I have examined the argument of former Deputy Interior Minister James Agalga and find it to be insufferably insulting to the intelligence and dignity of all self-respecting and law-abiding Ghanaian citizens. The argument, of course, is about the Sophia Akuffo-presided Supreme Court ruling that former President John Dramani Mahama egregiously violated the country’s 1992 Republican Constitution when he went over the heads of our parliamentary representatives to secretly negotiate with operatives of the erstwhile Obama Administration, in the United States, to allow two terror suspects who had, each, spent 14 years at the Guantanamo Bay Maximum-Security Prison, on the Island of Cuba, in the custody of the United States’ Military, to be resettled in Ghana.
Mr. Agalga says that the Ghana Supreme Court’s ruling undermines the powers of any President of the country to conduct diplomatic transactions that could be of great benefit to the country (See “Agalga Fears SC Gitmo 2 Ruling Could Frustrate President’s Foreign Affairs Powers” MyJoyOnline.com / Modernghana.com 6/24/17). I find the former Deputy Interior Minister’s argument to be at once disturbing and preposterous because he does not offer any. To begin with, the resettlement of high-risk terror suspects in Ghana, instead of the United States which is equipped with greater surveillance technological capacity and expertise, ought to have raised serious concerns, especially in view of the fact that the United States’ Congress had voted to categorically and vehemently oppose any attempt by the then-lame-duck Obama Administration to have any of these largely Muslim-Arab and Afghan-Pakistani terror suspects incarcerated on the American mainland, let alone to be surveilled and/or monitored in halfway houses on mainland United States.
Now, Article 75 of Ghana’s Constitution clearly states that “[Any] treaty, agreement or convention executed by or under the authority of the President [of the Republic of Ghana] shall be subject to ratification by an Act of Parliament; or a resolution of Parliament supported by the votes of more than one-half of all members of Parliament.” In other words, what we have here vis-à-vis the transfer of Messrs. Muhammed Al-Dhuby and Muhammed Bin-Atef from the Guantanamo Bay Maximum-Security Prison, inescapably pertains to Ghana’s national security. But what makes the position taken by Mr. Agalga and his former and political benefactor, Mr. Mahama, even more criminally untenable is the rather vacuous argument that Messrs. Al-Dhuby and Bin-Atef were innocent people with absolutely no links to the September 11, 2001 terrorist attacks on New York City, the US Defense Department or The Pentagon, and Pennsylvania’s airspace merely because the so-called Gitmo 2 were never brought to trial. By the way, these two men were captured on the Afghan-Pakistan killing fields.
Messrs. Mahama and Agalga do not seem to be interested in the forensically telling refusal by the leaders of the most technologically advanced nation on Earth, if not also the most powerful nation around the globe, to accept even the guarded residency of Messrs. Al-Dhuby and Bin-Atef inside their geopolitical space. And, by the way, the United States is also the 3rd-largest country in the world, after Russia and China. Instead, Mr. Agalga chooses to farcically and sophistically invoke Article 73 of the Constitution, which blandly states that “The Government of Ghana shall conduct its international affairs in consonance with the accepted principles of public international law and diplomacy in a manner consistent with the national interest of Ghana.”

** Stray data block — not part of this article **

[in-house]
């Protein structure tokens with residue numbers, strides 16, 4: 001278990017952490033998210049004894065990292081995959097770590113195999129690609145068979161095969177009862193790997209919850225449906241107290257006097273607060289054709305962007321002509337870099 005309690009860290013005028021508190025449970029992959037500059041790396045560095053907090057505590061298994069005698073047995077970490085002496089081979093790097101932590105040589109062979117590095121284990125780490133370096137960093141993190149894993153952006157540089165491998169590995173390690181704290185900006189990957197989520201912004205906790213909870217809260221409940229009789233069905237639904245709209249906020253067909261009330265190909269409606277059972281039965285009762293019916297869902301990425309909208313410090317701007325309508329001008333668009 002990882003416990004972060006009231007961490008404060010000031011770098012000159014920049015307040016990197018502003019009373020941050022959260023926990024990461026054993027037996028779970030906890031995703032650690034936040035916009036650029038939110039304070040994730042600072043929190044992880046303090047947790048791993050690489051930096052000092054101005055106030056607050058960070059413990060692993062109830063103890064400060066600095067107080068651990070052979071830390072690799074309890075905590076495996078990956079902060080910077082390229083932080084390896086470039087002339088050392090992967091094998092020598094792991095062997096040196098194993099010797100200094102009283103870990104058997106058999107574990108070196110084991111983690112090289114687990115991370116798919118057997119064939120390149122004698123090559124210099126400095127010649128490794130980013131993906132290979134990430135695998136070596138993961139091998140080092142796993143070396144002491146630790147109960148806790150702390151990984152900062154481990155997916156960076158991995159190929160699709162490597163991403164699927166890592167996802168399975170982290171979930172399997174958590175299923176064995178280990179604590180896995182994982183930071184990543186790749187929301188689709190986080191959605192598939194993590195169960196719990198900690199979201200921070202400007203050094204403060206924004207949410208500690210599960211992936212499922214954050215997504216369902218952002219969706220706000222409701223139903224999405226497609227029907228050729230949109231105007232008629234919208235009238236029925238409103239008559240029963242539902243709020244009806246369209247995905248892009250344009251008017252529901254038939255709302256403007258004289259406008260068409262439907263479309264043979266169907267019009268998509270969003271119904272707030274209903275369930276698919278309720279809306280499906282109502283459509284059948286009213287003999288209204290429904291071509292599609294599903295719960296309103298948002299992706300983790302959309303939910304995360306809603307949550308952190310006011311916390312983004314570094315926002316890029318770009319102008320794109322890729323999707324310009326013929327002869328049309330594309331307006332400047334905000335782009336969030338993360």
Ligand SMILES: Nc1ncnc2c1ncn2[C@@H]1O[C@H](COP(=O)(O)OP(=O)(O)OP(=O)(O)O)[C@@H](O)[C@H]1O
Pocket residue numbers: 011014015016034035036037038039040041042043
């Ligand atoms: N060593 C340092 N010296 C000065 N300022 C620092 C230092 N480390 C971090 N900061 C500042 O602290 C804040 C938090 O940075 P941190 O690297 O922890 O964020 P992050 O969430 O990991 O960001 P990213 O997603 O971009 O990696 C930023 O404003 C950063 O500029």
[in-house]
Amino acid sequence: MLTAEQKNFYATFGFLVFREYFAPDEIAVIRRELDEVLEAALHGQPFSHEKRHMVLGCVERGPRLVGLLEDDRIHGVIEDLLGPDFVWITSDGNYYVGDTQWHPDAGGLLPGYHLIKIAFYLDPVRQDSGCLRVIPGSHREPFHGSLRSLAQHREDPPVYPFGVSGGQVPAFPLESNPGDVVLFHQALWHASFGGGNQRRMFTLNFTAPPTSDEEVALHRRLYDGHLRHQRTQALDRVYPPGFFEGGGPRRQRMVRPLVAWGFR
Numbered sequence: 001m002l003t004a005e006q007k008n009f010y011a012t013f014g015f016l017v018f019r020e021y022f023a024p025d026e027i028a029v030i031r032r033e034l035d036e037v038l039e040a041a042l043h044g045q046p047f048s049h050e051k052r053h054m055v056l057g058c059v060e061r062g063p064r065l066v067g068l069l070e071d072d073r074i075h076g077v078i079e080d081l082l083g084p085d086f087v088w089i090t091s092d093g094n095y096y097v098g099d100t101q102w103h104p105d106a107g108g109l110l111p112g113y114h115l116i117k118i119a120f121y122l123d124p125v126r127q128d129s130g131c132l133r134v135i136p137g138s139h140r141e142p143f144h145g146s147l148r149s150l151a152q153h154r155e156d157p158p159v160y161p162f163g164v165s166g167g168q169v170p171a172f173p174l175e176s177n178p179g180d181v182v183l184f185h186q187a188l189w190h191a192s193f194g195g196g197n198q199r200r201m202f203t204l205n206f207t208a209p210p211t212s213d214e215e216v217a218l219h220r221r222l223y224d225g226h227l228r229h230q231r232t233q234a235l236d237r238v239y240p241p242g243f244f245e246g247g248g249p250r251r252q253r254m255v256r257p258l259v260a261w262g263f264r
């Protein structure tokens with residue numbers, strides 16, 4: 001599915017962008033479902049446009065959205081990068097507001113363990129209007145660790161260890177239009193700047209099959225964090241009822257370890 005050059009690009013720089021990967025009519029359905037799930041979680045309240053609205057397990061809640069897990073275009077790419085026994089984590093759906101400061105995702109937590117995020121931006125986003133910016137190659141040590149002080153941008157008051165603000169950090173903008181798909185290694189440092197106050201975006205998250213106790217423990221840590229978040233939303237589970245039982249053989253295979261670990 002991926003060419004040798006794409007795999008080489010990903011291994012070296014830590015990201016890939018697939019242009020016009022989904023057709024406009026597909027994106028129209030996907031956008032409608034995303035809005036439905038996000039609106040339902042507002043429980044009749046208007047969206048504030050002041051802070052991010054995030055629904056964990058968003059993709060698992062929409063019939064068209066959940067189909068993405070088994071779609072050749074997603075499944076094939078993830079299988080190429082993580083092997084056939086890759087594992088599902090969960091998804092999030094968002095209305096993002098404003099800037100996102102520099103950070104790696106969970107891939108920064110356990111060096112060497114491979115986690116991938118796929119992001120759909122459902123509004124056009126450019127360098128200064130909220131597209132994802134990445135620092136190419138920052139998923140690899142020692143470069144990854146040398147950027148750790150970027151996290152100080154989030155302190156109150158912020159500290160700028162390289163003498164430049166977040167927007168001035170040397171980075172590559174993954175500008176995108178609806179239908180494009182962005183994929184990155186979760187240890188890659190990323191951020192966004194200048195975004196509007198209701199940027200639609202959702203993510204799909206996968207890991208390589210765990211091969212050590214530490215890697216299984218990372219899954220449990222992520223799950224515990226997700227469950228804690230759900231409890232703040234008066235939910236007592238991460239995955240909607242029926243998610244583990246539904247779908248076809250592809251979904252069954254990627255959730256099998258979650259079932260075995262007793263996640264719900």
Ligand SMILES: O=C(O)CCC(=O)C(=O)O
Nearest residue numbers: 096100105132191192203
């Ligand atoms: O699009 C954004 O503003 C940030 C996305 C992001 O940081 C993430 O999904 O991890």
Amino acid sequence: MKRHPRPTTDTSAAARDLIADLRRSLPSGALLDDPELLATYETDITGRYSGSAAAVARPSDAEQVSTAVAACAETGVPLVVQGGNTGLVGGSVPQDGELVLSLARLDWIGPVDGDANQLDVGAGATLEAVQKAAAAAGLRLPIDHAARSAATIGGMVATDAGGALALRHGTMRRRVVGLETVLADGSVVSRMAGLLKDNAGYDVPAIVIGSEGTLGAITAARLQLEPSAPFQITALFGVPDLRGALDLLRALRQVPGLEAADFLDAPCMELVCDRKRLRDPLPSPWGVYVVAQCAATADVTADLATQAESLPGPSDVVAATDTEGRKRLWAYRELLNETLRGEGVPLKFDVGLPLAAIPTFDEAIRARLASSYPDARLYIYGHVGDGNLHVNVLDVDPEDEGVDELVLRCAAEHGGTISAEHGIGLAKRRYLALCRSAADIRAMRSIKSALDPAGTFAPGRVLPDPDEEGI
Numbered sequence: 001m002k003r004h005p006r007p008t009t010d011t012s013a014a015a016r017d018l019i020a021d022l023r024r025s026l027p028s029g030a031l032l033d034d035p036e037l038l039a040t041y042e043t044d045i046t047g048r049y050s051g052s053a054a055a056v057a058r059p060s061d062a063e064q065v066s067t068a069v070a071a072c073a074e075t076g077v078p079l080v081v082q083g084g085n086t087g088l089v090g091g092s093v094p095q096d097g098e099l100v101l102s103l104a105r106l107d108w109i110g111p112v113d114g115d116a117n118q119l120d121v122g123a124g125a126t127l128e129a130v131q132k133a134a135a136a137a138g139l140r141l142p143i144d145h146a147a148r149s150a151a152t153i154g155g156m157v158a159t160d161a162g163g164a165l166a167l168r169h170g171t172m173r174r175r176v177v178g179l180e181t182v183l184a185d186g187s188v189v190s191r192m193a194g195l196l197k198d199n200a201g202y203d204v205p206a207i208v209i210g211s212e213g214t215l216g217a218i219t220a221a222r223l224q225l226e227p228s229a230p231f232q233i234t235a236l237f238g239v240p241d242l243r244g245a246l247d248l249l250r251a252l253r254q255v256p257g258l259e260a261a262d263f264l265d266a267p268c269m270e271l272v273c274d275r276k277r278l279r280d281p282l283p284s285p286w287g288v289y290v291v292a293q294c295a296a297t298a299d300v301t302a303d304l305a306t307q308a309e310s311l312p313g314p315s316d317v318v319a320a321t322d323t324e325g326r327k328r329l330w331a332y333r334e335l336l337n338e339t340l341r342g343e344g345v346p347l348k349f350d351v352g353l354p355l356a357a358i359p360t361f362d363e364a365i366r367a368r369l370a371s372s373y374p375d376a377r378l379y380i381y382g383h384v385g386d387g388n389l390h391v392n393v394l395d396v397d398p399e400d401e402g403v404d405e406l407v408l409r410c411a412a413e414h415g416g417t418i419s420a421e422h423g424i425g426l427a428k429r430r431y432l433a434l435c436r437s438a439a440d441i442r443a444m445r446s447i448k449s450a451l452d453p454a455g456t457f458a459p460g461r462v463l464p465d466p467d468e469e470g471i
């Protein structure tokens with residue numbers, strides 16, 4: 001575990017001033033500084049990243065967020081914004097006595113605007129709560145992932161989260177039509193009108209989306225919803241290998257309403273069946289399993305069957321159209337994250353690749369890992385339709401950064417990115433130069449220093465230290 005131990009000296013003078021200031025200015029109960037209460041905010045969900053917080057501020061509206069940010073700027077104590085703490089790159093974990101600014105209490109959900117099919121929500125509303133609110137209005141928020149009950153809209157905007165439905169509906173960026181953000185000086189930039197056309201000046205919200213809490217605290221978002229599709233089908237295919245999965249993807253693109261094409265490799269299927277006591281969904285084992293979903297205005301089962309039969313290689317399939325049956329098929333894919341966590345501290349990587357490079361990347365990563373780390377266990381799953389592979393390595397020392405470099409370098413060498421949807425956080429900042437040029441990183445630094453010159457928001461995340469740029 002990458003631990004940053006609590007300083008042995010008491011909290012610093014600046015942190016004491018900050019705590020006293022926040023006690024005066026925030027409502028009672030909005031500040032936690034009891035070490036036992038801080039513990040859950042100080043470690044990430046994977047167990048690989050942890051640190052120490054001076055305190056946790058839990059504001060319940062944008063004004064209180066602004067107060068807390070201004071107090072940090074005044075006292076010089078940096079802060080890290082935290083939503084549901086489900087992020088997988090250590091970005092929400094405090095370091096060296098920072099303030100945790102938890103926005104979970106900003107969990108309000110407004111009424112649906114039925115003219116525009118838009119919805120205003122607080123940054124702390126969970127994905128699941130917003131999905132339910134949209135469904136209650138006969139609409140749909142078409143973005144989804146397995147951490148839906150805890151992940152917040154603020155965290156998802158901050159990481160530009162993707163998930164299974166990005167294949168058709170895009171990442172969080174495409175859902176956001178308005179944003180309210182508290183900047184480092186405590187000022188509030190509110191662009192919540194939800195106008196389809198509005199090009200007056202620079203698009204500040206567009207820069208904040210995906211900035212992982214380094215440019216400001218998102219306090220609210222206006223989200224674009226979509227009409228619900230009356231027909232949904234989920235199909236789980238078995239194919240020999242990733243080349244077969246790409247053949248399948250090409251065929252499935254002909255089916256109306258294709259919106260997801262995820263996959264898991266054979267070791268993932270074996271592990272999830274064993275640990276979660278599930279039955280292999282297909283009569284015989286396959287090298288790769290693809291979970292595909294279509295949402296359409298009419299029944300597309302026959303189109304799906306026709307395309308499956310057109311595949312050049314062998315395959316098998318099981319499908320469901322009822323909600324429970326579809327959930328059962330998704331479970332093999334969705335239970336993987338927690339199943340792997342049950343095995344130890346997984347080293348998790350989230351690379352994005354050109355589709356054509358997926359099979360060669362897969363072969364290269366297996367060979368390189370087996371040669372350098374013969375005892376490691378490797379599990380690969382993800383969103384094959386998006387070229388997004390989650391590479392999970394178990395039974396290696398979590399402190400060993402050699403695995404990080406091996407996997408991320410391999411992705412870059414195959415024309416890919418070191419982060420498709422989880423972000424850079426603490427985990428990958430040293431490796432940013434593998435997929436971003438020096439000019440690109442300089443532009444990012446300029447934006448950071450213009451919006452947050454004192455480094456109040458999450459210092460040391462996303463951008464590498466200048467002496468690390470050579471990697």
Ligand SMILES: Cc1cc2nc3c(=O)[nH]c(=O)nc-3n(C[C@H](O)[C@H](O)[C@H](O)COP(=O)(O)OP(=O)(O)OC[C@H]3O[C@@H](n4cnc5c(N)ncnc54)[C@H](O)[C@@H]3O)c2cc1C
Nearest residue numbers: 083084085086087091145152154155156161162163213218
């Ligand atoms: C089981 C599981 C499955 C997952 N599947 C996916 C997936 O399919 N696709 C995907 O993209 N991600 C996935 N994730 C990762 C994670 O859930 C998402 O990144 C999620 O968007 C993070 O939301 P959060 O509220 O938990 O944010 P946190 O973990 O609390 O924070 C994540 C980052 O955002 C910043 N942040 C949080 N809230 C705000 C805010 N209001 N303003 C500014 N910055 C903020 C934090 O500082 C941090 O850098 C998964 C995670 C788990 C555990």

Now, what Messrs. Agalga and Mahama need to explain to Ghanaian citizens, is why they think and firmly believe that Ghana’s national interest is served by secretly negotiating a deal with the erstwhile Obama Administration to have Muslim-Arab terror suspects totally rejected by Saudi Arabia, the country of their births, and the United States, the country that effected their capture, arrest and imprisonment in the Afghan killing fields resettled in Ghana. It is quite obvious that Article 73 of the Constitution invokes the approval of Ghana’s Parliament as an integral part of the conduct of “public international law and diplomacy in a manner consistent with the national interest of Ghana.”
Needless to say, like the United States’ Congress, Ghana’s Parliament embodies our national interest far more objectively than either of the other two branches of government, vis-à-vis the conduct of our leaders in the realm of international law and diplomacy. Which is why it constituted an act of criminality of the highest order for then-President Mahama to have negotiated for the resettlement of Messrs. Al-Dhuby and Bin-Atef over and above the heads of the representatives of the people.
Now, Mr. Agalga also says that Mr. Mahama’s negotiating for the resettlement of the Gitmo 2 “has brought some benefits to the country which are missing in the arguments of citizens opposed to the deal.” Let Mr. Agalga name some of the benefits that he is talking about, because he has, so far, not done so.
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